Wednesday, April 27, 2016

Against Such Things There Is No Law

But the fruit of the Spirit is love, joy, peace, patience, kindness, goodness, faithfulness, gentleness, self-control; against such things there is no law.
Galatians 5:22-23
Paul, in 1 Corinthians 13, defines love as being kind. Is true love always kind? Yes. Can true love be anything other than kind? No. If you made a law that forbids kindness, would true love disobey that law and show kindness? Yes. That is precisely Paul's point in Galatians 5:22-23 as he describes the fruit of the Spirit and concludes that there are no (nor can there be) laws against these things. There are (and must be) laws against the desires of the flesh, but the nature of the desires of the Spirit precludes them from laws against them. Why is love always kind? Why must love be kind? Does the law and its just threats have anything at all to do with why love is kind? None at all! Love is kind just because it is the nature of love to be kind! True love does not need law in any sense. However, sinners need law to keep them from abusing love and turning it into lust. If we could desire, feel, and practice love as Paul describes it in 1 Corinthians 13, we could indeed "do as we please." Since that is impossible because of indwelling sin, we need clear objective standards describing love for us. We can know that love is the right thing to do, but we do not always know what is the loving thing to do. The Holy Spirit informs us through the Scripture, transforming us thereby so that we become more like Jesus, who always loved God with all his being and his neighbor as himself.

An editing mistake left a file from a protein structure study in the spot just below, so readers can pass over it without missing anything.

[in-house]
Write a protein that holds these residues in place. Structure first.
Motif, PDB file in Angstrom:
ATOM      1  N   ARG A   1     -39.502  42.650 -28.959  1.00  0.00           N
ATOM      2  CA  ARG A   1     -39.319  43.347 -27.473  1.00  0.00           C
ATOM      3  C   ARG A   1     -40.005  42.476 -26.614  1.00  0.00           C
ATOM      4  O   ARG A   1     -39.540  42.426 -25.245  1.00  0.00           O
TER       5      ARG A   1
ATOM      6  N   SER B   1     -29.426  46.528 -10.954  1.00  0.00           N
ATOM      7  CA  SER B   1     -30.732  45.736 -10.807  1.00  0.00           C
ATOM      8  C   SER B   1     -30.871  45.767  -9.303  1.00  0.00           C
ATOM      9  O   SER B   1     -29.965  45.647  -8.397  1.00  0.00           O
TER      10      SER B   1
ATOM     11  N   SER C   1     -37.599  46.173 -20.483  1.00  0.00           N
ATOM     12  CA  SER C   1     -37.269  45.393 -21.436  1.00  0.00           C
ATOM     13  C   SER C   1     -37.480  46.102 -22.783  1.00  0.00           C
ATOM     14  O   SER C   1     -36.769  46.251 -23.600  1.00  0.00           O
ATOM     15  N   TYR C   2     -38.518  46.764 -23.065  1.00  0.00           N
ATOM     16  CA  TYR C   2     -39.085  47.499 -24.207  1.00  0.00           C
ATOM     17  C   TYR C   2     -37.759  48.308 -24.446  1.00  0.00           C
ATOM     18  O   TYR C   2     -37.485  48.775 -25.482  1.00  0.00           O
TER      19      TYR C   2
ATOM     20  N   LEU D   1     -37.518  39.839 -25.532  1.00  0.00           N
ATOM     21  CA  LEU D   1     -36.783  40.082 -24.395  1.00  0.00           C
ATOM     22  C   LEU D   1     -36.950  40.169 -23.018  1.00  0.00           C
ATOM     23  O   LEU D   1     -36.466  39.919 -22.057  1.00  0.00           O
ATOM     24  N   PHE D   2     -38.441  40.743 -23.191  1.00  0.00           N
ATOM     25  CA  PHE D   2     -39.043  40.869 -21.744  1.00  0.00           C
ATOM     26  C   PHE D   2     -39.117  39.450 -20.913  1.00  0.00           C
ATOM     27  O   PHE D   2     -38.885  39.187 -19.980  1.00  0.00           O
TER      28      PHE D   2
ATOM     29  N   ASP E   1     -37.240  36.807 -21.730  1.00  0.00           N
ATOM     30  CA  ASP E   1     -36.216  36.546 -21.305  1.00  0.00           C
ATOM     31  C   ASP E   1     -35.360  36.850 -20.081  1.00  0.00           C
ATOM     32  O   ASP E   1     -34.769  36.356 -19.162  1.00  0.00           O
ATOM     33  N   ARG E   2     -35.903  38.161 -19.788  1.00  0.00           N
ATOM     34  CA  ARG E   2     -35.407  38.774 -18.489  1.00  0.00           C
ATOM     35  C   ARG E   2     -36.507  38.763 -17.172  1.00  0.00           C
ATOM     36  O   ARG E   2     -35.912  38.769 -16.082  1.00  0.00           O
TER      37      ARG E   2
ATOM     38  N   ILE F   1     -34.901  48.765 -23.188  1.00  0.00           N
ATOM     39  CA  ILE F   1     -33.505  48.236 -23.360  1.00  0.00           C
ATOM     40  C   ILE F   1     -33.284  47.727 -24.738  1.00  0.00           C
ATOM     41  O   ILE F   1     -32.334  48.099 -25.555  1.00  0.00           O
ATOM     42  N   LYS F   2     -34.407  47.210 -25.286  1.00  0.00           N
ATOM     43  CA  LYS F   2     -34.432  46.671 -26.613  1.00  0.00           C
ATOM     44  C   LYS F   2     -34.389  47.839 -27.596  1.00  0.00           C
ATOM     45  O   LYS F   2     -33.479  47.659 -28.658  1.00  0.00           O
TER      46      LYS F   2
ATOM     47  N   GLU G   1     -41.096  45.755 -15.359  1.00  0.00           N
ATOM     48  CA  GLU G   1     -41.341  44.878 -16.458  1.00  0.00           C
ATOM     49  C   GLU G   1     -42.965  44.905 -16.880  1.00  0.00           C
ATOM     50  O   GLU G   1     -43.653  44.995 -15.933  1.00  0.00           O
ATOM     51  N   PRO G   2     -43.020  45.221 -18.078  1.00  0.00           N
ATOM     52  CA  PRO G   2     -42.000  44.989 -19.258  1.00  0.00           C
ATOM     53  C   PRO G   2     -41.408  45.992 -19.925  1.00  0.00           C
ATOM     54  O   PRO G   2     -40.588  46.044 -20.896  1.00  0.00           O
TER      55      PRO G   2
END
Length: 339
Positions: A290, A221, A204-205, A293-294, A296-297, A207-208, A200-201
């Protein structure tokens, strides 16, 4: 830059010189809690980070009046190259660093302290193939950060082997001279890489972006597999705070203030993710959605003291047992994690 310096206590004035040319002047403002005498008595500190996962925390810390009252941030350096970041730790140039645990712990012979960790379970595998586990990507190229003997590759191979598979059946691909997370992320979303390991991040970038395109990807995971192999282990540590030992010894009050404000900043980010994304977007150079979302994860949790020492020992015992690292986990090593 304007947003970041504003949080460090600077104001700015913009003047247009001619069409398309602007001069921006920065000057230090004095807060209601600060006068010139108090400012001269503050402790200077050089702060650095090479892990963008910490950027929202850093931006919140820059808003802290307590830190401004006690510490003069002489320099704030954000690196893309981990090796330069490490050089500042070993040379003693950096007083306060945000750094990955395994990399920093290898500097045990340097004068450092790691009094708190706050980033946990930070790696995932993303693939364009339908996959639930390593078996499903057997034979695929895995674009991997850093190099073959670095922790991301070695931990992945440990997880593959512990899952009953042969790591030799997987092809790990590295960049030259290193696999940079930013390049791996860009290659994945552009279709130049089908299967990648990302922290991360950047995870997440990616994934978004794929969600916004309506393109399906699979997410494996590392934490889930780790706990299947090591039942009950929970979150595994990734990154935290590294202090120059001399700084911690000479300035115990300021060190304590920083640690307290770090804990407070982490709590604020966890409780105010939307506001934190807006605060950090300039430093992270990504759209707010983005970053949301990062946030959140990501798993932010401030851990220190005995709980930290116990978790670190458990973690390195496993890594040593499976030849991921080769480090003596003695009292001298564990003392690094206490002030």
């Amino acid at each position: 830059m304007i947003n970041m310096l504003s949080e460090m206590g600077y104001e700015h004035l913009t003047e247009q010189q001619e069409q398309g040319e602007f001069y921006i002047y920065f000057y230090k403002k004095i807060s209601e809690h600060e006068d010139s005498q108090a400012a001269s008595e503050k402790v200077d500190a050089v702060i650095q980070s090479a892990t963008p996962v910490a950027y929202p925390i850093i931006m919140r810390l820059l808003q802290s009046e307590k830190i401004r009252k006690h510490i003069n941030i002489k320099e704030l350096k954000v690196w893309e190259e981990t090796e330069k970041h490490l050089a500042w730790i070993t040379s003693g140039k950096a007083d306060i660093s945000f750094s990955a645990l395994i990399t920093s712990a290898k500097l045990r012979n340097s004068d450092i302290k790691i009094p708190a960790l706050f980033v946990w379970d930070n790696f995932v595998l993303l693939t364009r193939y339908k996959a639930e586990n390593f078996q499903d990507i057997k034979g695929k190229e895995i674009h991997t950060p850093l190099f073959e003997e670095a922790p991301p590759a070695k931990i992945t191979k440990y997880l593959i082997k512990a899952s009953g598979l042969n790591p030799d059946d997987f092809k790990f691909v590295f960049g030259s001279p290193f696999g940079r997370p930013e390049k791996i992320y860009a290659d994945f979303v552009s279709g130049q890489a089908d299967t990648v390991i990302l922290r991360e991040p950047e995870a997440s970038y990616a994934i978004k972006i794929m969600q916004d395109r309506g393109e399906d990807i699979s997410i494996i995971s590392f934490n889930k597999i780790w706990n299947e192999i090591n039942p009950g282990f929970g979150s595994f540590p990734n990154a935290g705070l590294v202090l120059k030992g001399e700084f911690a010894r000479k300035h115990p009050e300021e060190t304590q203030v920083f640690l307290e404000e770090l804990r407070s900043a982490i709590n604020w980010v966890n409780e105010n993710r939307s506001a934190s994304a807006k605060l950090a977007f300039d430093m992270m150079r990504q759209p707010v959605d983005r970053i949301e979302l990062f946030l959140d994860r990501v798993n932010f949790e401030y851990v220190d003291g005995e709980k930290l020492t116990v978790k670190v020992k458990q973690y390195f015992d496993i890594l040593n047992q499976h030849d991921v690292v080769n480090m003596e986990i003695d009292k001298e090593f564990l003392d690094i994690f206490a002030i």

--John Reisinger, Studies in Galatians, p. 430

Tuesday, April 19, 2016

The Ministry of Death

[God] has made us ... ministers of a new covenant, not of the letter but of the Spirit.  For the letter kills, but the Spirit gives life.  Now if the ministry of death, carved in letters on stone ... was being brought to an end...
2 Corinthians 3:6-7
To "hear" the law is to understand clearly the law's terms of perfect obedience and to realize you can never satisfy those terms and are therefore without hope of ever seeing, apart from sovereign electing grace, the face of God in peace.

It is tragic that neither the Judaizers in Paul's day nor many Christians today understand what it means to hear the law.  The Scriptures are replete with statements that a person can "hear" without ever "hearing" (Matt. 13:10-17).  This is true of the law as well as the gospel.  If all you ever heard was, "Thou shalt not steal," you have not heard the law.  All you heard was a commandment.  You have not heard the law until you hear it say, "Thou shalt not steal and if you do I will have you stoned to death."  Now you have heard the law.  If all you heard was, "Remember the Sabbath day to keep it holy," all you heard was a commandment.  If you heard, "Remember the Sabbath day and keep it holy, and if you so much as pick up a few sticks you are a dead man," then you heard the law.  It is the penalty aspect that gives law its status and authority.  You could post a sign saying "50 mile-an-hour speed limit" every hundred yards on every highway in America, but without a fine for breaking that speed limit, police officers to arrest speeders, and judges to collect the fines, you do not have a law--you only have good advice.

In Galatians, Paul uses the term the law to refer to the old covenant in its entirety, including the Ten Commandments.  He states that this law cannot provide help in the fight against sin--either in justification or in sanctification.  The purpose of the old covenant was to expose sin and to drive a sinner to the only viable solution in the battle against sin--the Lord Jesus Christ.  To view the old covenant in any other ways is to misunderstand and misuse it.  The ultimate goal of the old covenant was to do its killing work job and then pass out of existence.

--John Reisinger, Studies in Galatians, p.283-284